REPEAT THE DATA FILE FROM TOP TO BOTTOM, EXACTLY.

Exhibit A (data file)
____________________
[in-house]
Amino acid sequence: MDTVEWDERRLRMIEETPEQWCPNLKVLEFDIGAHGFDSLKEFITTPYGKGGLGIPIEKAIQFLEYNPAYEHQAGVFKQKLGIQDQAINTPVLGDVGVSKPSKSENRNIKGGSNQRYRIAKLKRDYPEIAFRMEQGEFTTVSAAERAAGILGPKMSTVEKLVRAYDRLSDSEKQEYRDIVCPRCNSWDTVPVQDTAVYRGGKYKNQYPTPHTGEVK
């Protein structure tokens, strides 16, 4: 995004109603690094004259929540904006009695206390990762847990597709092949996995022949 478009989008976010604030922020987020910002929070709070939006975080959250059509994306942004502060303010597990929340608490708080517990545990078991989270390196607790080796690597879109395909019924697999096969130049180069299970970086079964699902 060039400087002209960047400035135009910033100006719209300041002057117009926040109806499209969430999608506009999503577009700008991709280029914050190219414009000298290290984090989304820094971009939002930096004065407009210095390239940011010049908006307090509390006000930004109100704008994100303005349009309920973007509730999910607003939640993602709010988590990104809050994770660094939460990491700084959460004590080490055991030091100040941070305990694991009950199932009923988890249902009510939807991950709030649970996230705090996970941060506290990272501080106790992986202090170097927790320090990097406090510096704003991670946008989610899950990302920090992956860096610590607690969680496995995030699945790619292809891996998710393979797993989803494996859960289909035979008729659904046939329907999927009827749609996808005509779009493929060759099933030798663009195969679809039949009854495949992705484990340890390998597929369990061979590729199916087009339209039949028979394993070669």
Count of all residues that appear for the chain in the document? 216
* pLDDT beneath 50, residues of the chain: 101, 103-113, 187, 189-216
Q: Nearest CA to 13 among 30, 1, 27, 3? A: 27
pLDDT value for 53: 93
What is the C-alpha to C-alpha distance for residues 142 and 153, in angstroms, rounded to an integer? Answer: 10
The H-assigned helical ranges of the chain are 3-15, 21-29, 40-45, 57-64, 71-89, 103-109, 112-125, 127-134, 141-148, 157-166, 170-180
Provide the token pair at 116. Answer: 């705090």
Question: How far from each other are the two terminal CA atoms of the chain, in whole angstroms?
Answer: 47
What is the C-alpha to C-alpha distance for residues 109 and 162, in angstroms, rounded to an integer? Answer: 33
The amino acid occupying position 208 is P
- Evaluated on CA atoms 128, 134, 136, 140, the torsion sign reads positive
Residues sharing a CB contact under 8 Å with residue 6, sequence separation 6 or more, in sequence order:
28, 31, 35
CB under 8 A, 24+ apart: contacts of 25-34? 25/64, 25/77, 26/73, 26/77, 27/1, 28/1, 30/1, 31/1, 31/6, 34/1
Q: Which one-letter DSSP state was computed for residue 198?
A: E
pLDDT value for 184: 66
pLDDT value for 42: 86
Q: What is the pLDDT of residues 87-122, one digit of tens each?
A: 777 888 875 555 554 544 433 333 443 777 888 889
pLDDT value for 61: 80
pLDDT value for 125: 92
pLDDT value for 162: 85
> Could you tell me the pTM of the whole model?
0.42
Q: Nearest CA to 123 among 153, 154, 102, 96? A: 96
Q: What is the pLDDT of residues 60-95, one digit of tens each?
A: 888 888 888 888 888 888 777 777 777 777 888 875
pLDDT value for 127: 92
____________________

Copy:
[in-house]
Amino acid sequence: MDTVEWDERRLRMIEETPEQWCPNLKVLEFDIGAHGFDSLKEFITTPYGKGGLGIPIEKAIQFLEYNPAYEHQAGVFKQKLGIQDQAINTPVLGDVGVSKPSKSENRNIKGGSNQRYRIAKLKRDYPEIAFRMEQGEFTTVSAAERAAGILGPKMSTVEKLVRAYDRLSDSEKQEYRDIVCPRCNSWDTVPVQDTAVYRGGKYKNQYPTPHTGEVK
């Protein structure tokens, strides 16, 4: 995004109603690094004259929540904006009695206390990762847990597709092949996995022949 478009989008976010604030922020987020910002929070709070939006975080959250059509994306942004502060303010597990929340608490708080517990545990078991989270390196607790080796690597879109395909019924697999096969130049180069299970970086079964699902 060039400087002209960047400035135009910033100006719209300041002057117009926040109806499209969430999608506009999503577009700008991709280029914050190219414009000298290290984090989304820094971009939002930096004065407009210095390239940011010049908006307090509390006000930004109100704008994100303005349009309920973007509730999910607003939640993602709010988590990104809050994770660094939460990491700084959460004590080490055991030091100040941070305990694991009950199932009923988890249902009510939807991950709030649970996230705090996970941060506290990272501080106790992986202090170097927790320090990097406090510096704003991670946008989610899950990302920090992956860096610590607690969680496995995030699945790619292809891996998710393979797993989803494996859960289909035979008729659904046939329907999927009827749609996808005509779009493929060759099933030798663009195969679809039949009854495949992705484990340890390998597929369990061979590729199916087009339209039949028979394993070669």
Count of all residues that appear for the chain in the document? 216
* pLDDT beneath 50, residues of the chain: 101, 103-113, 187, 189-216
Q: Nearest CA to 13 among 30, 1, 27, 3? A: 27
pLDDT value for 53: 93
What is the C-alpha to C-alpha distance for residues 142 and 153, in angstroms, rounded to an integer? Answer: 10
The H-assigned helical ranges of the chain are 3-15, 21-29, 40-45, 57-64, 71-89, 103-109, 112-125, 127-134, 141-148, 157-166, 170-180
Provide the token pair at 116. Answer: 């705090």
Question: How far from each other are the two terminal CA atoms of the chain, in whole angstroms?
Answer: 47
What is the C-alpha to C-alpha distance for residues 109 and 162, in angstroms, rounded to an integer? Answer: 33
The amino acid occupying position 208 is P
- Evaluated on CA atoms 128, 134, 136, 140, the torsion sign reads positive
Residues sharing a CB contact under 8 Å with residue 6, sequence separation 6 or more, in sequence order:
28, 31, 35
CB under 8 A, 24+ apart: contacts of 25-34? 25/64, 25/77, 26/73, 26/77, 27/1, 28/1, 30/1, 31/1, 31/6, 34/1
Q: Which one-letter DSSP state was computed for residue 198?
A: E
pLDDT value for 184: 66
pLDDT value for 42: 86
Q: What is the pLDDT of residues 87-122, one digit of tens each?
A: 777 888 875 555 554 544 433 333 443 777 888 889
pLDDT value for 61: 80
pLDDT value for 125: 92
pLDDT value for 162: 85
> Could you tell me the pTM of the whole model?
0.42
Q: Nearest CA to 123 among 153, 154, 102, 96? A: 96
Q: What is the pLDDT of residues 60-95, one digit of tens each?
A: 888 888 888 888 888 888 777 777 777 777 888 875
pLDDT value for 127: 92